Today’s upload is a result of testing the triggering of the Nord Modular G1 from the Moog Mother 32 using a patch I already created to use with triggering from my Roland TR-606 toms. I wasn’t sure it would work the same but it ended up working perfectly. Should anyone want the patch by the way, drop me an email, it’s no problem.
The bass throbbing comes from the Moog Mother 32 and using the sequencer. I am slowly getting to grip with it, it’s not complicated, it’s just far from intuitive, but persistence is the key. The bouncing ball style pattern is the lfo’s running into the tempo and reset to keep it all tidy. Definitely the type of patch that yeilds some interesting grooves.
The bass drum sound is coming from the Nord Modular G1, and using a patch based loosely on the classic Roland TR-606, TR-808 style bd, essentially a pulse firing into a resonant filter.
All the noise and movement comes from various FX’s, but the main beef is from driving through the DBX 160A compressors, and boy what machines they are, highly recommended.
I let it settle down towards the end to just be the bass and bass drum sounds minus the FX, with only the compressor doing its bit.
It’s a very repetitive jam, the way I like it.
Tonights upload ended up being a bit of a jammed conclusion to a difficult sound comparison exploration between the Moog Mother 32 and the now classic Nord Modular G1.
I will definitely explore this comparison more in the future, and will probably present my findings in a more A-B fashion than todays jam. I had hoped the patching of the Nord Modular wouldn’t have needed to be all that disimilar to the Mother 32, but as this particular patch relied heavily on a combined pulsewave and sawtooth passed through a resonant filter, I couldn’t quite get the balance exactly right, and have the filter behave in the same manor on both. The Nord Modular seemingly a little harder to hone, without some patching trickery.
However, this trickery is definitely one of the Nord Modular G1 strengths over any other hardware modular setup. the ease at which a tweak here and tweak there is only limited by CPU, and not by space or spending a fair lump of cash.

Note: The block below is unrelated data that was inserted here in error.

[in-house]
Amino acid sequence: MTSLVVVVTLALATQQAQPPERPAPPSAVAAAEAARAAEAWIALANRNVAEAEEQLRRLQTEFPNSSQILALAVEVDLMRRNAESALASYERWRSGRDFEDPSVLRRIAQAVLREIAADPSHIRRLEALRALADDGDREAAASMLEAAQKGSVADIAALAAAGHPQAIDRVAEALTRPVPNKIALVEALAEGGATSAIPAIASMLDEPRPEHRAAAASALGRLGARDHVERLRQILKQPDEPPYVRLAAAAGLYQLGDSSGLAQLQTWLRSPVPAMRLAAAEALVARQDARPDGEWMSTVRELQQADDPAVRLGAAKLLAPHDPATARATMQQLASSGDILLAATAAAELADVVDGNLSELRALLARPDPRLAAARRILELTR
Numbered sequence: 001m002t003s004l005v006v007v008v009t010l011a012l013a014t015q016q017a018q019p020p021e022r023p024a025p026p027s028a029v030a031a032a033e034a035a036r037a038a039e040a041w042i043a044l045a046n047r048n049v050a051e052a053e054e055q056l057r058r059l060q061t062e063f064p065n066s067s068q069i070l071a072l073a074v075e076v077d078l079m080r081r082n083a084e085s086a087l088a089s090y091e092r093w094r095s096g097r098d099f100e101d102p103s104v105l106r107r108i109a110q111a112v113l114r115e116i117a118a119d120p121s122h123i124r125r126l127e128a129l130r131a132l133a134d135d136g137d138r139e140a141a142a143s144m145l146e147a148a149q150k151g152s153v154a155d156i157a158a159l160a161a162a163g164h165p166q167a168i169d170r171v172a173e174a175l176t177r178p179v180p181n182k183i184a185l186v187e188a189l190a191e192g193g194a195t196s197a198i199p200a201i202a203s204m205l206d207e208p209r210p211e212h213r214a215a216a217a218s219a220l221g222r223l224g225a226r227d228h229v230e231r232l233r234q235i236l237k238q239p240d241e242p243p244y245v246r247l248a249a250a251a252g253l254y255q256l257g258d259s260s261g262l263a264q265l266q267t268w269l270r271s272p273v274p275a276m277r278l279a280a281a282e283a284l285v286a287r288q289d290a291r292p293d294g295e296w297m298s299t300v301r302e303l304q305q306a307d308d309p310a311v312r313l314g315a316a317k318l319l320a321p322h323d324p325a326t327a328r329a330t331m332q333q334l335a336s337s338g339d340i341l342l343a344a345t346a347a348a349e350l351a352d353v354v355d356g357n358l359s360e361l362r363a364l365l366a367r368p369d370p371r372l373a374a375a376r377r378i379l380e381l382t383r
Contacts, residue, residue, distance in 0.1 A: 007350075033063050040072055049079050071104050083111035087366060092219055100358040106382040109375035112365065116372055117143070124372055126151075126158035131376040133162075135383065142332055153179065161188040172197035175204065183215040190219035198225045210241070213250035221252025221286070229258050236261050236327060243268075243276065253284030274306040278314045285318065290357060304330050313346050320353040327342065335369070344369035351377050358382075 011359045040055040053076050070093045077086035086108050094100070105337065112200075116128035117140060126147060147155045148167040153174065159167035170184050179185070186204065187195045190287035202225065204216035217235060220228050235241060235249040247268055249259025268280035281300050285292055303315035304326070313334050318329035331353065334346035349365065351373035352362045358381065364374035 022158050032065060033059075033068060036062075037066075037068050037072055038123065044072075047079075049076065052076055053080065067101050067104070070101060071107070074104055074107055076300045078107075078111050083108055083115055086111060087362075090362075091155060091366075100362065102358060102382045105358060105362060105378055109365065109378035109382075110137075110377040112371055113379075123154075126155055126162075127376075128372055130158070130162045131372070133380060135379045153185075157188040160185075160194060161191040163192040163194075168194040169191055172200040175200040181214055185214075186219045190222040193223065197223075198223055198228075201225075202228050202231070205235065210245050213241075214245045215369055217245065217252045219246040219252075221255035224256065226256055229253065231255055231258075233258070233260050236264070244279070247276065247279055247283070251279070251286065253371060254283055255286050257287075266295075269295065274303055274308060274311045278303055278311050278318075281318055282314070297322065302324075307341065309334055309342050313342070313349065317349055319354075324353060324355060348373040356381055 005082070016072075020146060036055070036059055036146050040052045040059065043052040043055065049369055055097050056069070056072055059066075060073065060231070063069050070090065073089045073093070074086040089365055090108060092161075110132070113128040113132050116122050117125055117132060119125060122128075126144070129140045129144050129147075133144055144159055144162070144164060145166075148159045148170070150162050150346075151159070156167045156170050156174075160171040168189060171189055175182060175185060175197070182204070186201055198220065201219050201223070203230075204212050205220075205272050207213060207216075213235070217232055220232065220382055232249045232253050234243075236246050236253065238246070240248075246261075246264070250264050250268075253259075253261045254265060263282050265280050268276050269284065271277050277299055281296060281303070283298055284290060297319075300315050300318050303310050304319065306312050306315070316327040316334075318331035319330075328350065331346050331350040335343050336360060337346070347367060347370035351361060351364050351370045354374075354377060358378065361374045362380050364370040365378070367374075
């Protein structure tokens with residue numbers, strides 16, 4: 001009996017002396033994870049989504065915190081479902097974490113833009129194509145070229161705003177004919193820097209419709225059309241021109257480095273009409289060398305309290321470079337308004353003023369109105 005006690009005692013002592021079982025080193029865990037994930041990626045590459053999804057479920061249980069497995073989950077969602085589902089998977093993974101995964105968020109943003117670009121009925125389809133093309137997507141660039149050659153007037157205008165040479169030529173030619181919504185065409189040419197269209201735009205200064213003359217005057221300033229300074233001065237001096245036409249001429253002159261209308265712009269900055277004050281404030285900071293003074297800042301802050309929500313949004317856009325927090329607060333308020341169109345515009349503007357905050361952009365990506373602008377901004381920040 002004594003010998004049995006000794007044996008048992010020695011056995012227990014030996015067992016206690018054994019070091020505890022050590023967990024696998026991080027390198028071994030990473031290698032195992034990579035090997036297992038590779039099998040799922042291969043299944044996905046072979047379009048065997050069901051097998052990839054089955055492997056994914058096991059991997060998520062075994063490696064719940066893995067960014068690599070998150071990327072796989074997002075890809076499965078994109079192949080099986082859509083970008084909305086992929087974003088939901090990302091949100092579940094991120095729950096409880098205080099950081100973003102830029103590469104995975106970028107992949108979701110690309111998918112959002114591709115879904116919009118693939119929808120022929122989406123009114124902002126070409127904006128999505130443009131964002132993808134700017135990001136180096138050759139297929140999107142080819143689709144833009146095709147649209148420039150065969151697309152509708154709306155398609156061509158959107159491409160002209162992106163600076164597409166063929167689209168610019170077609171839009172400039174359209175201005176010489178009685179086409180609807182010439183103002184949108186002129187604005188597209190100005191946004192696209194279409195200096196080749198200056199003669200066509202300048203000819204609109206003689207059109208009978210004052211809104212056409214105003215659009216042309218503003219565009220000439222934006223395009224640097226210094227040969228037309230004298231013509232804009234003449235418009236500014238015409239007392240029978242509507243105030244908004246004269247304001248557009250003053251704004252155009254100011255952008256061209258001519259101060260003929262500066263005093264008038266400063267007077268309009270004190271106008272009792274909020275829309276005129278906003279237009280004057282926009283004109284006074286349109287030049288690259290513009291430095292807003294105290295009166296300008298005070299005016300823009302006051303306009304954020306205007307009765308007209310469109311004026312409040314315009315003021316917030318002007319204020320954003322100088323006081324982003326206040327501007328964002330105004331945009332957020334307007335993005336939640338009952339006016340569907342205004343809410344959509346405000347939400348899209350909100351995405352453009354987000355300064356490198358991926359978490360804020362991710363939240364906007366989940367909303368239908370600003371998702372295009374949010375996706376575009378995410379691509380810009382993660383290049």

There is also definitely a sharpness in the Moog Mother 32, an edge to the waveforms that isn’t in the Nord Modular. I would even say the Nord Rack 2 is sharper and more “analog sounding” than the Modular. This sharpness was certainly a consideration when working on the recent Reloc release, which todays upload probably sits closest, albiet a little more erratic or clumsy, probably due to my needing to be in a skype meeting and not playing in the studio.
I was late.
Since my previous uploads of last year, I have finally found a way to begin exploring the software Supercollider, and it’s great.
Much like most people who have looked into using this software, I too was met with a super steep learning curve. It greets you with a firm expression and says “sorry, your not making music today!”.
Although I code for a living, the biggest issue with coding in Supercollider is not the code itself, but more what happens if you get it wrong. Unlike any other coding language that might produce an error in the form of an error message or worst a blank screen, none of this is quite as painful as how Supercollider deals with it.
Typically the error comes as a result of inputting a number in a part of the program dealing with volume, which should have been dealing with frequency. 440Hz, if controlling amplitude is, well, quite loud, and even turning down the volume to one bar on the laptop, it is borderline painful at times. If you have ever seen the opening of Ghostbusters the movie, where Bill Murray’s charatcer Peter Venkman is electrocuting someone during a ESP test using Zener cards, well Supercollider is its equivalent in sound.
However, after watching the incredible videos from Eli Fieldsteel found on his YouTube channel, this rarely happens to me anymore. And not only thatm but working with the software has speed up tremendously and is is not to disimilar, if not quicker, than working with the Nord Modular G1.